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Muro del Alcoy, Spain

Blanes M.,Textile Technology Institute AITEX | Marco B.,Textile Technology Institute AITEX | Gisbert M.J.,Textile Technology Institute AITEX | Bonet M.A.,University of Alicante | Balart R.,University of Alicante
Textile Research Journal

In recent years, the electrospinning process has become one of the most interesting processes to obtain nanofiber webs with interesting properties for uses in a wide variety of industrial sectors such as filtration, chemical barriers, medical devices, etc., as a consequence of the relatively high surface-to-volume ratio. Among the wide variety of polymers, polyvinyl alcohol (PVA) offers good advantages since it is water-soluble and this fact enables easy processing by electrospinning. There are many variables and parameters to be considered in order to optimize PVA nanofiber webs: some of them are related to the polymer solution, some others are related to the process, and some of them are related to the collector substrate. In this work a study on the effects of two different surface pre-treatments on a nonwoven polypropylene substrate as a collector of PVA nanofiber webs has been carried out. In particular, a chemical treatment with anionic antistatics and a physical treatment with low-pressure plasma have been investigated. The effects of these pre-treatments on morphology of PVA nanofiber webs have been evaluated by scanning electron microscopy. Results show that surface resistivity is one of the main parameters influencing the web formation as well as the nature of the electric charge achieved by the pre-treatment. The plasma treatment promotes changes in surface resistivity but it is not enough for good web deposition. Chemical pre-treatment (padding) with anionic antistatic leads to a decrease in surface resistivity up to values in the 1 × 109-1 × 1011 Ω which is enough for good nanofiber deposition. © The Author(s), 2010. Source

Pascual J.,Textile Technology Institute AITEX | Peris F.,Textile Technology Institute AITEX | Boronat T.,University of Alicante | Fenollar O.,University of Alicante | Balart R.,University of Alicante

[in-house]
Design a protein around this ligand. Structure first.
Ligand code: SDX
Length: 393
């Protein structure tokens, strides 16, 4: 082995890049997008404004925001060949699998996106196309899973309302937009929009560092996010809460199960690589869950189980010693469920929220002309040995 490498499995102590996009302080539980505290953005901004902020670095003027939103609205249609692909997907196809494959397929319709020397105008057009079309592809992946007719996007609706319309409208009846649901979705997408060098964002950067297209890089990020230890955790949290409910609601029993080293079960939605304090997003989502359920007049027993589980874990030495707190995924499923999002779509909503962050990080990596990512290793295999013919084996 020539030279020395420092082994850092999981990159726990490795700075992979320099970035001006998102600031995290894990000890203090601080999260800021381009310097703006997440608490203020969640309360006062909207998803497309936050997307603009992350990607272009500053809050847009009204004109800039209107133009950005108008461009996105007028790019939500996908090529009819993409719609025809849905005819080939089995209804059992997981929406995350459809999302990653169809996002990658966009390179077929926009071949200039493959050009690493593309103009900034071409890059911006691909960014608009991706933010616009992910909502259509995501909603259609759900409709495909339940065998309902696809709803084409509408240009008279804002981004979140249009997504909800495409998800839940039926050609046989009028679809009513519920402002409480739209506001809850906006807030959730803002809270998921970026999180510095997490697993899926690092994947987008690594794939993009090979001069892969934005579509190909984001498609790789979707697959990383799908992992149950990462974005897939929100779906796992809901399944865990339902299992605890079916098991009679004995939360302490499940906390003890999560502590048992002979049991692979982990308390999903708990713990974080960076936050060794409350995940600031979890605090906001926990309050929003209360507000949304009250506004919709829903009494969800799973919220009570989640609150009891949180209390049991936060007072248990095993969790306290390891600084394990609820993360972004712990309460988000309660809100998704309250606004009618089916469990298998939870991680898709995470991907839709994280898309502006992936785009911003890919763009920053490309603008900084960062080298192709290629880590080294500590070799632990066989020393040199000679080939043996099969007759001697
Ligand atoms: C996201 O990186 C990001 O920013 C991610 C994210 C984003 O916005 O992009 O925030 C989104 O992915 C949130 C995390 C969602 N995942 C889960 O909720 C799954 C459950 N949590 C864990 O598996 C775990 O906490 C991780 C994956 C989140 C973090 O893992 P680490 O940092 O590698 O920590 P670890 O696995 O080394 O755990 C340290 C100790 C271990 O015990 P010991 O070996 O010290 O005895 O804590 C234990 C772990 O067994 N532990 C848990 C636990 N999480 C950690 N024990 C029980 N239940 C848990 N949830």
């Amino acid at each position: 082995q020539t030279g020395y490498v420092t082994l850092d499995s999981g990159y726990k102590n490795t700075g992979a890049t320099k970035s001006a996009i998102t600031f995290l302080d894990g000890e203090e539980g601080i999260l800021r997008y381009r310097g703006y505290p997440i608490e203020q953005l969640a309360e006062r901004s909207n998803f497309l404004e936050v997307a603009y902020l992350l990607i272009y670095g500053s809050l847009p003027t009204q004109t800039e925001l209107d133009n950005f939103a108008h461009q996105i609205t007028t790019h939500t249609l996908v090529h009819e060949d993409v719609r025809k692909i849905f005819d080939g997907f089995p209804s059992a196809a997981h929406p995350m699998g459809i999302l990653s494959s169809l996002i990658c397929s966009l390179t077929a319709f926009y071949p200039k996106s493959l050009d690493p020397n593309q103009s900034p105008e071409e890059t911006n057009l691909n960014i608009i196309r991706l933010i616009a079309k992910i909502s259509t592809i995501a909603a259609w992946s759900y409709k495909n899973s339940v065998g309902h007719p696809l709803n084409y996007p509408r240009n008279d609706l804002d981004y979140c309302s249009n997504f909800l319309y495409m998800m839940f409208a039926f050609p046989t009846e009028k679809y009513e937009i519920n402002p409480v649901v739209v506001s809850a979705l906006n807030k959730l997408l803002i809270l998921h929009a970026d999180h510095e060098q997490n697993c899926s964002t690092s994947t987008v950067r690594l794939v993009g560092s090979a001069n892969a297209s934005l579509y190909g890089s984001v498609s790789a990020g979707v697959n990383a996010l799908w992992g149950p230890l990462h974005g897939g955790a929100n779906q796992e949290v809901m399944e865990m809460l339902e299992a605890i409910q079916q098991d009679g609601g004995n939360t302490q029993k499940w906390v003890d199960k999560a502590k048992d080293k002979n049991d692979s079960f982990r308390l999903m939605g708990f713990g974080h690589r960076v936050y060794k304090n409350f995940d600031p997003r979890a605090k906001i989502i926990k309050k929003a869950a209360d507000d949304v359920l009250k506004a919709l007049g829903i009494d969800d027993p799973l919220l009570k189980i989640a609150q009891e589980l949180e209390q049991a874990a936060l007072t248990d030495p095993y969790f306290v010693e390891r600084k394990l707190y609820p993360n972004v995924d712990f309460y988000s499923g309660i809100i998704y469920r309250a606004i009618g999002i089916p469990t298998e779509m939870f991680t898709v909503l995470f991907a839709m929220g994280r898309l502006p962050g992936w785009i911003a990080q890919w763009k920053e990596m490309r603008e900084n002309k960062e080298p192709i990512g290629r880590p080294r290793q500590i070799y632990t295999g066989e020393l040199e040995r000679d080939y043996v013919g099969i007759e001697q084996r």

Polymer Engineering and Science

Carbon nanotubes (CNTs) have been added to polypropylene (PP) matrix to improve the overall performance of composites. The mixing process has been carried out by melt compounding using a twin screw co-rotating extruder with different CNTs amounts in the 0.5-10 wt% from a concentrated PP-CNTs masterbatch (20 wt% CNTs). Results show a remarkable increase in tensile strength and elastic modulus while a decrease in elongation at break is detected. With regard to thermal behavior, a remarkable increase in thermal stability at high temperatures (decomposition process studied by thermogravimetric analysis) is obtained as the CNTs amount increases. In addition to this improvement, a noticeable increase in thermal stability at medium temperatures (degradation onset determined by differential scanning calorimetry, DSC) is also observed. In a similar way, other property related to thermal and mechanical performance, such as Vicat softening temperature (VST) is improved with CNTs content. The optimum balance between cost and properties seems to be in the 1-3 wt% range. © 2011 Society of Plastics Engineers. Source

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